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Textbooks / Math / Mathematical Structures for Computer Science 7

Mathematical Structures for Computer Science 7th Edition - Solutions by Chapter

Mathematical Structures for Computer Science | 7th Edition | ISBN: 9781429215107 | Authors: Judith L. Gersting

Full solutions for Mathematical Structures for Computer Science | 7th Edition

ISBN: 9781429215107

Mathematical Structures for Computer Science | 7th Edition | ISBN: 9781429215107 | Authors: Judith L. Gersting

Mathematical Structures for Computer Science | 7th Edition - Solutions by Chapter

Solutions by Chapter
4 5 0 345 Reviews
Textbook: Mathematical Structures for Computer Science
Edition: 7
Author: Judith L. Gersting
ISBN: 9781429215107

The full step-by-step solution to problem in Mathematical Structures for Computer Science were answered by , our top Math solution expert on 01/18/18, 05:04PM. Since problems from 41 chapters in Mathematical Structures for Computer Science have been answered, more than 37248 students have viewed full step-by-step answer. Mathematical Structures for Computer Science was written by and is associated to the ISBN: 9781429215107. This expansive textbook survival guide covers the following chapters: 41. This textbook survival guide was created for the textbook: Mathematical Structures for Computer Science, edition: 7.

Key Math Terms and definitions covered in this textbook
  • Characteristic equation det(A - AI) = O.

    The n roots are the eigenvalues of A.

  • Complex conjugate

    z = a - ib for any complex number z = a + ib. Then zz = Iz12.

  • Cramer's Rule for Ax = b.

    B j has b replacing column j of A; x j = det B j I det A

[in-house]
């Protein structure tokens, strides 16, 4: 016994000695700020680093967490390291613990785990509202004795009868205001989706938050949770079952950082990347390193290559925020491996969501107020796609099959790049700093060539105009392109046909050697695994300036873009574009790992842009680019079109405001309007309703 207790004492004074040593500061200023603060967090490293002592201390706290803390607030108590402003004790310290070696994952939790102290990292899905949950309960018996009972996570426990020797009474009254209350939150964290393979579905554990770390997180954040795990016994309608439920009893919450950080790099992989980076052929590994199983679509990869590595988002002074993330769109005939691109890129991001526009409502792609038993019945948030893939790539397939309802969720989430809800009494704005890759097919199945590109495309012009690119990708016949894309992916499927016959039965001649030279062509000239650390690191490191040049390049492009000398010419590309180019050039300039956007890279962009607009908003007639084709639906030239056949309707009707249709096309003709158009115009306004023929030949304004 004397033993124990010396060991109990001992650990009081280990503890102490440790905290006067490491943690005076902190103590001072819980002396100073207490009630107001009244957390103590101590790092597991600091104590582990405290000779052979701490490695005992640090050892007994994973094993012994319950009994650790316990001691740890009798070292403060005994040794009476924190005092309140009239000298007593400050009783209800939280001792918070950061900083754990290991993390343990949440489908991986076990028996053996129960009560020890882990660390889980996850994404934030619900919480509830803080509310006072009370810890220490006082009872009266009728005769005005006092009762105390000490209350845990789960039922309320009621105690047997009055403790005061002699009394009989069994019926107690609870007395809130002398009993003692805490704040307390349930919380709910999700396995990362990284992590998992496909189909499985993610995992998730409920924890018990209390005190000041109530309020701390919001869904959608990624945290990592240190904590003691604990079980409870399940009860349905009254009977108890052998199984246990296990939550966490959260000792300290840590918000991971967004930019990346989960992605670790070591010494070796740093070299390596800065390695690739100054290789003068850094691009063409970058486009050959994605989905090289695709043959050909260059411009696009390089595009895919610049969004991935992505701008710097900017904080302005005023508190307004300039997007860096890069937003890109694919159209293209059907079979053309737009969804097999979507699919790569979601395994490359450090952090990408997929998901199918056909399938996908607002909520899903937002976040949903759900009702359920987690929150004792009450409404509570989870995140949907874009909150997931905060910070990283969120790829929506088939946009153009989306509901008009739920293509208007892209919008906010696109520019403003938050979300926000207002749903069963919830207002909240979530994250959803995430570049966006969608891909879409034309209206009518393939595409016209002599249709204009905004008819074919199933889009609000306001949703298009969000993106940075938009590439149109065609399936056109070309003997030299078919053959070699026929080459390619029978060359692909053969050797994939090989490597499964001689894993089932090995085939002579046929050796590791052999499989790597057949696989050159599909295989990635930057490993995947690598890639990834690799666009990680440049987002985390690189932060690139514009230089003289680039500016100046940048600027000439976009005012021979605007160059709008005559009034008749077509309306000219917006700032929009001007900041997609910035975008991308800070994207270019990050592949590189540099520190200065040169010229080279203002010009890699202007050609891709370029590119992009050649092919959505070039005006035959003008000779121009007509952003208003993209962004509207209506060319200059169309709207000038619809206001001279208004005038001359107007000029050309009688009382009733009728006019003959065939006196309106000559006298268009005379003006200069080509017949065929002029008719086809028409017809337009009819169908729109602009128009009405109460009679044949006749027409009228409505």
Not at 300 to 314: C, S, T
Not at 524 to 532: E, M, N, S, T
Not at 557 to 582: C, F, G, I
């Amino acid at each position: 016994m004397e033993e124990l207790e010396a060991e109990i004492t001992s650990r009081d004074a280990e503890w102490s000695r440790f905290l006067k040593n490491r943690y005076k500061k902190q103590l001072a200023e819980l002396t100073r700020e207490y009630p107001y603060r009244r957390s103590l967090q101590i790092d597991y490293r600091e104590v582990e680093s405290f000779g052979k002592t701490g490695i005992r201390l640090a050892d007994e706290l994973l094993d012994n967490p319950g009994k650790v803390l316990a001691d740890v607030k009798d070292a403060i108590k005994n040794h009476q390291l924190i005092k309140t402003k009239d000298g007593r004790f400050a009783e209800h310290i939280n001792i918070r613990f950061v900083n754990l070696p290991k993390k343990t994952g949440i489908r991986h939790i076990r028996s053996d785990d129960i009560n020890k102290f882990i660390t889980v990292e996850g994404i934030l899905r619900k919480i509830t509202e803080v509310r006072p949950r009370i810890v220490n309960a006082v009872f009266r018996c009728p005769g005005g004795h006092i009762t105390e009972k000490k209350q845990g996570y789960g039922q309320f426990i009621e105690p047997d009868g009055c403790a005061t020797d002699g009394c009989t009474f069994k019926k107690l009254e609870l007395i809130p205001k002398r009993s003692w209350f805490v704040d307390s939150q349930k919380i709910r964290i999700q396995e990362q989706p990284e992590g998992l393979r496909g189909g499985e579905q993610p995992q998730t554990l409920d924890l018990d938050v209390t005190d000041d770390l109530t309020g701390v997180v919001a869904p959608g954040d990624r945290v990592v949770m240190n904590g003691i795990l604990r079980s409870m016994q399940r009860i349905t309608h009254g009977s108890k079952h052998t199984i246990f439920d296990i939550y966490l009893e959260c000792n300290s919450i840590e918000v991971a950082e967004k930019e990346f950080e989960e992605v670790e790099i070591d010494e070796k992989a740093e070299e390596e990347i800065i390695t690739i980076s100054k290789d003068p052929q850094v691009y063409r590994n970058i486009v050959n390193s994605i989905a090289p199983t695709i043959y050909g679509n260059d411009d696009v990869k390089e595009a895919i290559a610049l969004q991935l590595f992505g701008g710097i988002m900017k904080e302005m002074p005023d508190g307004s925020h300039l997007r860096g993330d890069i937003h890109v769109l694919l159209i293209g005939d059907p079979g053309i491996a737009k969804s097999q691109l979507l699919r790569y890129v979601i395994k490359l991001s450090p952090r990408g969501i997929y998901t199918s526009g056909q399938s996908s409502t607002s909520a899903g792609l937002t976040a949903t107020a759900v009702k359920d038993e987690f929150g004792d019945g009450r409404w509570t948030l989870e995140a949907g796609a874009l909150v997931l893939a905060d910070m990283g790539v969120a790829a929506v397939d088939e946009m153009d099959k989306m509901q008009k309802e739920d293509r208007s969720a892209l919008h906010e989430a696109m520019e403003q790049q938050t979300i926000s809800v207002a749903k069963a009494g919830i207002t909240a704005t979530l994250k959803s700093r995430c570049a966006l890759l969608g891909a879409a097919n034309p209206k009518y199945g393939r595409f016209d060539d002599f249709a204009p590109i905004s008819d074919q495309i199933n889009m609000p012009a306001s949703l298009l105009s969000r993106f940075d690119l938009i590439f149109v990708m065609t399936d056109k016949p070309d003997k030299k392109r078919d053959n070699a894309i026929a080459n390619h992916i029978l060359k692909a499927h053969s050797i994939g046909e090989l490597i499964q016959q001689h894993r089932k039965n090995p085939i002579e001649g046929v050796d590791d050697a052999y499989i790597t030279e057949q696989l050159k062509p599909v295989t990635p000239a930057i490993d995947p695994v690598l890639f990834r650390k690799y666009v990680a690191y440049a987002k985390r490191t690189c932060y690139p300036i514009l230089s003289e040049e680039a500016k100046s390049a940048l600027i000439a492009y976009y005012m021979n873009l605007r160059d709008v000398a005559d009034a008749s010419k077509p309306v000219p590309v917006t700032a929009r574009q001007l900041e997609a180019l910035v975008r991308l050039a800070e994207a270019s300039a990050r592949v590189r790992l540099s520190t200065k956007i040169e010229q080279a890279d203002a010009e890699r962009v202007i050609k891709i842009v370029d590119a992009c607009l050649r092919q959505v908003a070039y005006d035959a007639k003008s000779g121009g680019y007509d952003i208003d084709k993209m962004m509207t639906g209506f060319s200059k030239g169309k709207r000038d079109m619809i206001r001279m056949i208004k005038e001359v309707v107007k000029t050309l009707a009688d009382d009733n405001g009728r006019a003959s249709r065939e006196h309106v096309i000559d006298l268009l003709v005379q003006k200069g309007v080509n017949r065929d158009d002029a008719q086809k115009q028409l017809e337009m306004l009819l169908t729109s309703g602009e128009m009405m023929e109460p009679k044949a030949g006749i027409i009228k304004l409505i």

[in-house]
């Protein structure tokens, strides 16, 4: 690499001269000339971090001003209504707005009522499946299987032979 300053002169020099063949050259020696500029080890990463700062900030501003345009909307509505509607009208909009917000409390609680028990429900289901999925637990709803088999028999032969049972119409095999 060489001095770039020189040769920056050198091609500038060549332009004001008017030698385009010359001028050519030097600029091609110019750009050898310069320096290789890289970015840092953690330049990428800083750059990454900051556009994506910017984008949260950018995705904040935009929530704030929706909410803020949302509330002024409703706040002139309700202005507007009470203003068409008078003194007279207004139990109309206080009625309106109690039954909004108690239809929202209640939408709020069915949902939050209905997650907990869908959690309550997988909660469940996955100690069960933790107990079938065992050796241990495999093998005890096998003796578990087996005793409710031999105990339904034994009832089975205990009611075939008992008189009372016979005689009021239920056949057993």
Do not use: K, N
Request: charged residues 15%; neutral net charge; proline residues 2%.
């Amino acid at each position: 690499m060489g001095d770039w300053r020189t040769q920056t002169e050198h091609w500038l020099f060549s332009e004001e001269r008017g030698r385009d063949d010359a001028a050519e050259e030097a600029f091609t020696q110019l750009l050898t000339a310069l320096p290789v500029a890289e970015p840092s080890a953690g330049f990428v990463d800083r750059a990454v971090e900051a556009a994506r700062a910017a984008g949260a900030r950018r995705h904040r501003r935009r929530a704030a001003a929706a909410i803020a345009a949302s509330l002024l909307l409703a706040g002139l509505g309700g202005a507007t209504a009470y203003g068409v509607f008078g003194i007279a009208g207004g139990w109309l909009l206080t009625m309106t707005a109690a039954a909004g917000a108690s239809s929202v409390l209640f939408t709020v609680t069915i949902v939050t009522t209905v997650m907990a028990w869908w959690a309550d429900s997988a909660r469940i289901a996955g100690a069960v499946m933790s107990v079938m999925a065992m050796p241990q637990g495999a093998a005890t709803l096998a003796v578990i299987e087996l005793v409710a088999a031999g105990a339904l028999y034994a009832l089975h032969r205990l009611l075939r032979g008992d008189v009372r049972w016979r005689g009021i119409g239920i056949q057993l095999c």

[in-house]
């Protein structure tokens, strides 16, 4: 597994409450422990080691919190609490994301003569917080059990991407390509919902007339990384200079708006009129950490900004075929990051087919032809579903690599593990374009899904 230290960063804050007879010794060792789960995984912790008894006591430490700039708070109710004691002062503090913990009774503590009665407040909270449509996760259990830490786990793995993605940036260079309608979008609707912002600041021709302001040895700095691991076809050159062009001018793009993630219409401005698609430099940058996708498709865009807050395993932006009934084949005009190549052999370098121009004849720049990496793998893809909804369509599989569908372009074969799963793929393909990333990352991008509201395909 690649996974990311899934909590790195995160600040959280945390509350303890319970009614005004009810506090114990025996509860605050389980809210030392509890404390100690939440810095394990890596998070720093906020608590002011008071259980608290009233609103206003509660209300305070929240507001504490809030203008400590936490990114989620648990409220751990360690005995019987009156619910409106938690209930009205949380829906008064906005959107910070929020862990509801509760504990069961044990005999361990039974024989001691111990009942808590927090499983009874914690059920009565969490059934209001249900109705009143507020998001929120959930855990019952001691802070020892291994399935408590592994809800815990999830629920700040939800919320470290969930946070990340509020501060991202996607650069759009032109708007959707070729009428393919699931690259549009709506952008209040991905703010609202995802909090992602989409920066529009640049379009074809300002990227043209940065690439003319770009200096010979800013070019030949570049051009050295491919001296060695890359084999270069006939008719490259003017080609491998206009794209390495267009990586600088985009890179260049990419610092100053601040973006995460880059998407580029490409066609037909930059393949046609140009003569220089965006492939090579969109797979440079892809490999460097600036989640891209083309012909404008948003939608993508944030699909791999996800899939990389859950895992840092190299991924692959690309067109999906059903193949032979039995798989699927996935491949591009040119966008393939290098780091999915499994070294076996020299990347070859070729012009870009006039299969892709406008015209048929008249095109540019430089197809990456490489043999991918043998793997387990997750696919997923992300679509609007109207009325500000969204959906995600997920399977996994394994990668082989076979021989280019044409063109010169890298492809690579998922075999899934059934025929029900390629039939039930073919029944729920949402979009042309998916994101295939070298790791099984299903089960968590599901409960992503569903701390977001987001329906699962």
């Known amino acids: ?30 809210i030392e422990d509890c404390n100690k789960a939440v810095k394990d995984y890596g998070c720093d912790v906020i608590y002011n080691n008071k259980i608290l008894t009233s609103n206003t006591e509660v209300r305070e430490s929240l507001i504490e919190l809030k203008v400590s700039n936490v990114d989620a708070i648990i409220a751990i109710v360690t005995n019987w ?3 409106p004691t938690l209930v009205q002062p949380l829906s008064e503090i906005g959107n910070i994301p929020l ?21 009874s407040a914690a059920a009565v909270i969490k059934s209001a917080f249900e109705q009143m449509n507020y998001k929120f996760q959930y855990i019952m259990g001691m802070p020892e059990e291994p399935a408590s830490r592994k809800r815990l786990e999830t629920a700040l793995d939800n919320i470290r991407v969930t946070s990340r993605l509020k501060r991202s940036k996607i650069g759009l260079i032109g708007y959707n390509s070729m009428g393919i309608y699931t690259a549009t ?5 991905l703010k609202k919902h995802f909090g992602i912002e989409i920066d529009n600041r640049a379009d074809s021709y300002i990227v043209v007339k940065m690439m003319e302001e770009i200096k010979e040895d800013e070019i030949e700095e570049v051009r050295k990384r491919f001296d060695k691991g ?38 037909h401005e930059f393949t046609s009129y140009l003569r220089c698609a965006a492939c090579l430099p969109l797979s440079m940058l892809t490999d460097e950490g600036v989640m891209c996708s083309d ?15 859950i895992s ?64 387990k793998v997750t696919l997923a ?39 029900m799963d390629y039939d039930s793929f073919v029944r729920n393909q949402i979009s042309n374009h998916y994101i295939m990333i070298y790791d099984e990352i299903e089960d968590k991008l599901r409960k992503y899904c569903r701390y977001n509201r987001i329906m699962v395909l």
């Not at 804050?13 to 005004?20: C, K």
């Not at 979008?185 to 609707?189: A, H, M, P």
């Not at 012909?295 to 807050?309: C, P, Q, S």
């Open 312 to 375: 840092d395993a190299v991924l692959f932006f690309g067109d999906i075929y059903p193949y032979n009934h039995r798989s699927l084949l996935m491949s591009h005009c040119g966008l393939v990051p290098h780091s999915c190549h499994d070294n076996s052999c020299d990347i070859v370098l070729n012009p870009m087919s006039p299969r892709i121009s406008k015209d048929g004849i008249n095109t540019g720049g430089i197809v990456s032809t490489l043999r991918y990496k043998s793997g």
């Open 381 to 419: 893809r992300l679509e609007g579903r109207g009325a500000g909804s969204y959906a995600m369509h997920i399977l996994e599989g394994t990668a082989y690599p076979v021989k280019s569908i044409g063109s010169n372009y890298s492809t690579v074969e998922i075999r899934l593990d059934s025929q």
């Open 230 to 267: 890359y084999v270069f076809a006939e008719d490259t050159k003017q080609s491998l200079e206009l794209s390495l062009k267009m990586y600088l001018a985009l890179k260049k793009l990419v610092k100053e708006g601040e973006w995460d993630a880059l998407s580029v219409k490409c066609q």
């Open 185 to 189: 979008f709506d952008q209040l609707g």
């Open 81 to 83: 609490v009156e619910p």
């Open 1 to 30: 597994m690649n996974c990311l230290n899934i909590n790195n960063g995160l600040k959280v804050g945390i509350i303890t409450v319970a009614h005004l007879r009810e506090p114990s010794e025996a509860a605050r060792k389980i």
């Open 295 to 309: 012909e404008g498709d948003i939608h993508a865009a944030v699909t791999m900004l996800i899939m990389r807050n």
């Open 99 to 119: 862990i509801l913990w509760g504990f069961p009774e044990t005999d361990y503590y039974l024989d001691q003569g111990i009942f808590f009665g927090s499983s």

• Exponential eAt = I + At + (At)2 12! + ...

    has derivative AeAt; eAt u(O) solves u' = Au.

  • Four Fundamental Subspaces C (A), N (A), C (AT), N (AT).

    Use AT for complex A.

  • Fundamental Theorem.

    The nullspace N (A) and row space C (AT) are orthogonal complements in Rn(perpendicular from Ax = 0 with dimensions rand n - r). Applied to AT, the column space C(A) is the orthogonal complement of N(AT) in Rm.

  • Gram-Schmidt orthogonalization A = QR.

    Independent columns in A, orthonormal columns in Q. Each column q j of Q is a combination of the first j columns of A (and conversely, so R is upper triangular). Convention: diag(R) > o.

  • Indefinite matrix.

    A symmetric matrix with eigenvalues of both signs (+ and - ).

  • Inverse matrix A-I.

    Square matrix with A-I A = I and AA-l = I. No inverse if det A = 0 and rank(A) < n and Ax = 0 for a nonzero vector x. The inverses of AB and AT are B-1 A-I and (A-I)T. Cofactor formula (A-l)ij = Cji! detA.

  • Least squares solution X.

    The vector x that minimizes the error lie 112 solves AT Ax = ATb. Then e = b - Ax is orthogonal to all columns of A.

  • Left nullspace N (AT).

    Nullspace of AT = "left nullspace" of A because y T A = OT.

  • Linear combination cv + d w or L C jV j.

    Vector addition and scalar multiplication.

  • Multiplier eij.

    The pivot row j is multiplied by eij and subtracted from row i to eliminate the i, j entry: eij = (entry to eliminate) / (jth pivot).

  • Orthogonal subspaces.

    Every v in V is orthogonal to every w in W.

  • Right inverse A+.

    If A has full row rank m, then A+ = AT(AAT)-l has AA+ = 1m.

  • Saddle point of I(x}, ... ,xn ).

    A point where the first derivatives of I are zero and the second derivative matrix (a2 II aXi ax j = Hessian matrix) is indefinite.

  • Schur complement S, D - C A -} B.

    Appears in block elimination on [~ g ].

  • Singular matrix A.

    A square matrix that has no inverse: det(A) = o.

  • Symmetric factorizations A = LDLT and A = QAQT.

    Signs in A = signs in D.

  • Toeplitz matrix.

    Constant down each diagonal = time-invariant (shift-invariant) filter.